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New Clues on How General Anaesthesia Works in the Brain

New Clues On How General Anaesthesia Works In The Brain

Image: “Monitoring anaesthesia during surgery
by Orbis UK is licensed under CC BY-NC-ND 2.0.

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Astrology

Over 350 million surgeries are performed globally each year. For most of us, it’s likely at some point in our lives we’ll have to undergo a procedure that needs general anaesthesia.

Even though it is one of the safest medical practices, we still don’t have a complete, thorough understanding of precisely how anaesthetic drugs work in the brain.

In fact, it has largely remained a mystery since general anaesthesia was introduced into medicine over 180 years ago.

Our study published in The Journal of Neuroscience today provides new clues on the intricacies of the process. General anaesthetic drugs seem to only affect specific parts of the brain responsible for keeping us alert and awake.

Brain cells striking a balance

In a study using fruit flies, we found a potential way that allows anaesthetic drugs to interact with specific types of neurons (brain cells), and it’s all to do with proteins. Your brain has around 86 billion neurons and not all of them are the same – it’s these differences that allow general anaesthesia to be effective.

To be clear, we’re not completely in the dark on how anaesthetic drugs affect us. We know why general anaesthetics are able to make us lose consciousness so quickly, thanks to a landmark discovery made in 1994.

But to better understand the fine details, we first have to look to the minute differences between the cells in our brains.

Broadly speaking, there are two main categories of neurons in the brain.

The first are what we call “excitatory” neurons, generally responsible for keeping us alert and awake. The second are “inhibitory” neurons – their job is to regulate and control the excitatory ones.

In our day-to-day lives, excitatory and inhibitory neurons are constantly working and balancing one another.

When we fall asleep, there are inhibitory neurons in the brain that “silence” the excitatory ones keeping us awake. This happens gradually over time, which is why you may feel progressively more tired through the day.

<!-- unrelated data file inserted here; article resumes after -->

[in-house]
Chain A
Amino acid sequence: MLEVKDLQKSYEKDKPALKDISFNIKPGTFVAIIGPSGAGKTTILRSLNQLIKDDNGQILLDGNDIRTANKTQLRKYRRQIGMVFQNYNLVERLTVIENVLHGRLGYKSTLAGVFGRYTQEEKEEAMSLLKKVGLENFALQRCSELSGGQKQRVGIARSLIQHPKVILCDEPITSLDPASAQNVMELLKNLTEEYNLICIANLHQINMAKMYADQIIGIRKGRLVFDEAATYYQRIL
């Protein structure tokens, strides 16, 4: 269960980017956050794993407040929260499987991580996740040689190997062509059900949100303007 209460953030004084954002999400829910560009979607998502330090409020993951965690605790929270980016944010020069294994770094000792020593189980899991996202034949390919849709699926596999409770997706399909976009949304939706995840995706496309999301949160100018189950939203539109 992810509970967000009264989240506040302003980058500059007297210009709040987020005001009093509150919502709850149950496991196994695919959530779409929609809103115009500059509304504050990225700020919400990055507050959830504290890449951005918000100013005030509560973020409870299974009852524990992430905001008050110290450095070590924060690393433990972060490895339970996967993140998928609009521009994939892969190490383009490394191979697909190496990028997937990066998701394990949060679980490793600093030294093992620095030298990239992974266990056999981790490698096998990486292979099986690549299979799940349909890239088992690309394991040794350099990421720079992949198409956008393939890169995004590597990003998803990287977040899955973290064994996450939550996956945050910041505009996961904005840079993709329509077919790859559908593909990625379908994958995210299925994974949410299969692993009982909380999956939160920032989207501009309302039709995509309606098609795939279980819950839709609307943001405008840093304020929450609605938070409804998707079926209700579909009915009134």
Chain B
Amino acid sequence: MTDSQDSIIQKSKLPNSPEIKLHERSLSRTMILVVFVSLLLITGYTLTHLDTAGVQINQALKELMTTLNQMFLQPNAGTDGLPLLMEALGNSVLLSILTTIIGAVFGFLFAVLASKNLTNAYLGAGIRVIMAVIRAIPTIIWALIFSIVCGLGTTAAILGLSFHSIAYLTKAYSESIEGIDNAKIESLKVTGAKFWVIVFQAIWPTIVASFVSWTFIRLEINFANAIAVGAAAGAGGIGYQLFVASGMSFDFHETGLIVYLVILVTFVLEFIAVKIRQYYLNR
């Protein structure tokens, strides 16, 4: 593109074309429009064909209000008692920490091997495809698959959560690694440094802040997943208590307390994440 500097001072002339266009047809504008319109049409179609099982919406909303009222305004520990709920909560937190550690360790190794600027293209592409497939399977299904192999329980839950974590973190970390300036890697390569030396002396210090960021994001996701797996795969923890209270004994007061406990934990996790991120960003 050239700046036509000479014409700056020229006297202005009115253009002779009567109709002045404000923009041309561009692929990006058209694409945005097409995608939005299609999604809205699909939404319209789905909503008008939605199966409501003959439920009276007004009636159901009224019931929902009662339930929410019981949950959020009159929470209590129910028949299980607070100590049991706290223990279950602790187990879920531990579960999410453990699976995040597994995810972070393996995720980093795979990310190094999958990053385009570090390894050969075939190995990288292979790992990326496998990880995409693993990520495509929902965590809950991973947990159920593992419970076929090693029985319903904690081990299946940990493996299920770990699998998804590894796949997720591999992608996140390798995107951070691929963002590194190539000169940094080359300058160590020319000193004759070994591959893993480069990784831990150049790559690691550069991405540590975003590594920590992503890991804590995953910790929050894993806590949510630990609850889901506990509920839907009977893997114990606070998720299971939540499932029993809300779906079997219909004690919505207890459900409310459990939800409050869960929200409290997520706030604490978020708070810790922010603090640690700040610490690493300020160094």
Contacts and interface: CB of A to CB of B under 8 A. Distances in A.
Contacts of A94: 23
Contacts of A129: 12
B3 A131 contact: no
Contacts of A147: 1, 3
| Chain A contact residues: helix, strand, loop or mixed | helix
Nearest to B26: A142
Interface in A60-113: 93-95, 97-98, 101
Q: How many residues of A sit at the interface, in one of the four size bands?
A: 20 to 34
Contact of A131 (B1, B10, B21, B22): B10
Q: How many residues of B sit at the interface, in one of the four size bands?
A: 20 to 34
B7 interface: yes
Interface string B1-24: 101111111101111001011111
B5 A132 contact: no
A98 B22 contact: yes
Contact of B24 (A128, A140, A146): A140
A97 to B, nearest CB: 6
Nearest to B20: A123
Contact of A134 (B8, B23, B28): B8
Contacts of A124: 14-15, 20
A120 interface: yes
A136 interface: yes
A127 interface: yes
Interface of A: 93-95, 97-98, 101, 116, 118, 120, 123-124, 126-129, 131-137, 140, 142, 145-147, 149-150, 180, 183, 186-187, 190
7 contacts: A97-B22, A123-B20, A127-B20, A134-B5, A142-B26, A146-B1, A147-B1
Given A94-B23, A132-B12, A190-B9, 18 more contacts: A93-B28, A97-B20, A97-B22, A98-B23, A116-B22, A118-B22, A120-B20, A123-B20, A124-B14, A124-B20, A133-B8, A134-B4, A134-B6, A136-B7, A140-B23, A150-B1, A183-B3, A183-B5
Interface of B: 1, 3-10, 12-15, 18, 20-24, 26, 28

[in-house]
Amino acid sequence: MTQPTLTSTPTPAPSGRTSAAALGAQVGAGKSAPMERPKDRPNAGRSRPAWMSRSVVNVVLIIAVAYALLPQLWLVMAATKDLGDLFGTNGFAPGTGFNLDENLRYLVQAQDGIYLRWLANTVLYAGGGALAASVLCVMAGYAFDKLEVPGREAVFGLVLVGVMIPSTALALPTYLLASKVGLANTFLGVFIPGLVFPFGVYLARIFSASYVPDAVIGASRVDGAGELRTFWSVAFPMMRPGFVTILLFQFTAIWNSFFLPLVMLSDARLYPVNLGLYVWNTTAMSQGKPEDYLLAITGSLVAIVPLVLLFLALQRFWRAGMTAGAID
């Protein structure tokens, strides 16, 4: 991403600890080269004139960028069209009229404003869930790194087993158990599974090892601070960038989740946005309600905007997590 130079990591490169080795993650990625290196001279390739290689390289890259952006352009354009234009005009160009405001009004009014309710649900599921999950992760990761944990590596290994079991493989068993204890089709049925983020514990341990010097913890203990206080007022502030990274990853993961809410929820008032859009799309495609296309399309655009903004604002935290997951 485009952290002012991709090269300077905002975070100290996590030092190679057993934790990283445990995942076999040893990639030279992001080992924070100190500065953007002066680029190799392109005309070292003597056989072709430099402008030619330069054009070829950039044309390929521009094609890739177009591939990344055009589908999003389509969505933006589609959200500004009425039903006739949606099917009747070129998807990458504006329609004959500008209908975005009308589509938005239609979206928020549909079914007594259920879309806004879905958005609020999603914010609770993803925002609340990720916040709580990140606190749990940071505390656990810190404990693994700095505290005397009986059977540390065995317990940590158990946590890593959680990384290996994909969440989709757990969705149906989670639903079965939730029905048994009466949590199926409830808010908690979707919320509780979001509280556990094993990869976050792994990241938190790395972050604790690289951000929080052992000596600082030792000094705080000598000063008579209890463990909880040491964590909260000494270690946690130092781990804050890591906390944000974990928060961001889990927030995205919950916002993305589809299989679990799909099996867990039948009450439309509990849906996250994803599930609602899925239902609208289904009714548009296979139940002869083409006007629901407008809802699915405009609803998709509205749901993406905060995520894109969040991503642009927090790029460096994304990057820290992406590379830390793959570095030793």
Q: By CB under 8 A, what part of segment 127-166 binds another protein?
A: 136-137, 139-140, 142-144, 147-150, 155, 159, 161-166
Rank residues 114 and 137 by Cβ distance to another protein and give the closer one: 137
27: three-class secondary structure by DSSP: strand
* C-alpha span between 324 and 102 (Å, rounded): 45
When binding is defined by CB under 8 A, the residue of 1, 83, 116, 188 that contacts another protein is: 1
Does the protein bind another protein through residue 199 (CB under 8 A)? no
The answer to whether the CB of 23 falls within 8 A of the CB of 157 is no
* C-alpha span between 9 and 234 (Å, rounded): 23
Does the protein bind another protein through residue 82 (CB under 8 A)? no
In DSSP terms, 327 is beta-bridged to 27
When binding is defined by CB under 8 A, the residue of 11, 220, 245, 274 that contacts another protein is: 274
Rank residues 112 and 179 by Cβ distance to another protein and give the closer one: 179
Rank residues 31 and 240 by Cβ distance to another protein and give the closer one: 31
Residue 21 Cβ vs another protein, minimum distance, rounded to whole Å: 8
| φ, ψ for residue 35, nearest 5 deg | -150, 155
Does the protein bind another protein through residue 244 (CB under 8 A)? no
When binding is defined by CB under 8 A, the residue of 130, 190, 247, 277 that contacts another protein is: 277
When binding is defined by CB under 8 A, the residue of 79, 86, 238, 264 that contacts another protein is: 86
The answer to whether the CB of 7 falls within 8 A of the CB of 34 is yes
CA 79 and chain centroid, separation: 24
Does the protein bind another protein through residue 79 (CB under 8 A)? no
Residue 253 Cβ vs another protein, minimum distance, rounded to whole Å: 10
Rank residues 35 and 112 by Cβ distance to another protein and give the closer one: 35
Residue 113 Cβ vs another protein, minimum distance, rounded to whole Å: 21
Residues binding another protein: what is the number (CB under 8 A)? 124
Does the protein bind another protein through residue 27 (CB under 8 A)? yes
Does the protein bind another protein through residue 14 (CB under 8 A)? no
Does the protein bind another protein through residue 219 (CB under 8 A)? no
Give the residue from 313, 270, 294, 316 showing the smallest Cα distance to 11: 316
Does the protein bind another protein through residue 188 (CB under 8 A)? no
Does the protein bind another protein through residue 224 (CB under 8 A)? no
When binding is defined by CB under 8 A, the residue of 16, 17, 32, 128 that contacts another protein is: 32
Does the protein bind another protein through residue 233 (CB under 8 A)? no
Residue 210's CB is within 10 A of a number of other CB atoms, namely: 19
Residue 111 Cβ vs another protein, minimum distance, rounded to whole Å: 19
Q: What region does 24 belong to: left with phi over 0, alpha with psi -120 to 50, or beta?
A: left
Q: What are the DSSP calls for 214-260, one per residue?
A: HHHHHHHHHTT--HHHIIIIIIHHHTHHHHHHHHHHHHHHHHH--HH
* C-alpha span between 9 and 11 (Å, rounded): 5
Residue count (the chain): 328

General anaesthetics speed up this process by directly silencing these excitatory neurons without any action from the inhibitory ones. This is why your anaesthetist will tell you that they’ll “put you to sleep” for the procedure: it’s essentially the same process.

A special kind of sleep

While we know why anaesthetics put us to sleep, the question then becomes: “why do we stay asleep during surgery?”. If you went to bed tonight, fell asleep and somebody tried to do surgery on you, you’d wake up with quite a shock.

To date, there is no strong consensus in the field as to why general anaesthesia causes people to remain unconscious during surgery.

Over the last couple of decades, researchers have proposed several potential explanations, but they all seem to point to one root cause. Neurons stop talking to each other when exposed to general anaesthetics.

While the idea of “cells talking to each other” may sound a little strange, it’s a fundamental concept in neuroscience. Without this communication, our brains wouldn’t be able to function at all. And it allows the brain to know what’s happening throughout the body.

Two branching structures in orange, green, blue and yellow colours on a black background.
Colourised neurons in the brain of a fly.
Adam Hines (Author)

What did we discover?

Our new study shows that general anaesthetics appear to stop excitatory neurons from communicating, but not inhibitory ones. This concept isn’t new, but we found some compelling evidence as to why only excitatory neurons are affected.

For neurons to communicate, proteins have to get involved. One of the jobs these proteins have is to get neurons to release molecules called neurotransmitters. These chemical messengers are what gets signals across from one neuron to another: dopamine, adrenaline and serotonin are all neurotransmitters, for example.

We found that general anaesthetics impair the ability of these proteins to release neurotransmitters, but only in excitatory neurons. To test this, we used Drosophila melanogaster fruit flies and super resolution microscopy to directly see what effects a general anaesthetic was having on these proteins at a molecular scale.

Part of what makes excitatory and inhibitory neurons different from each other is that they express different types of the same protein. This is kind of like having two cars of the same make and model, but one is green and has a sports package, while the other is just standard and red. They both do the same thing, but one’s just a little bit different.

Neurotransmitter release is a complex process involving lots of different proteins. If one piece of the puzzle isn’t exactly right, then general anaesthetics won’t be able to do their job.

As a next research step, we will need to figure out which piece of the puzzle is different, to understand why general anaesthetics only stop excitatory communication.

Ultimately, our results hint that the drugs used in general anaesthetics cause massive global inhibition in the brain. By silencing excitability in two ways, these drugs put us to sleep and keep it that way.The Conversation

Adam D Hines, Research fellow, Queensland University of Technology

This article is republished from The Conversation under a Creative Commons license.

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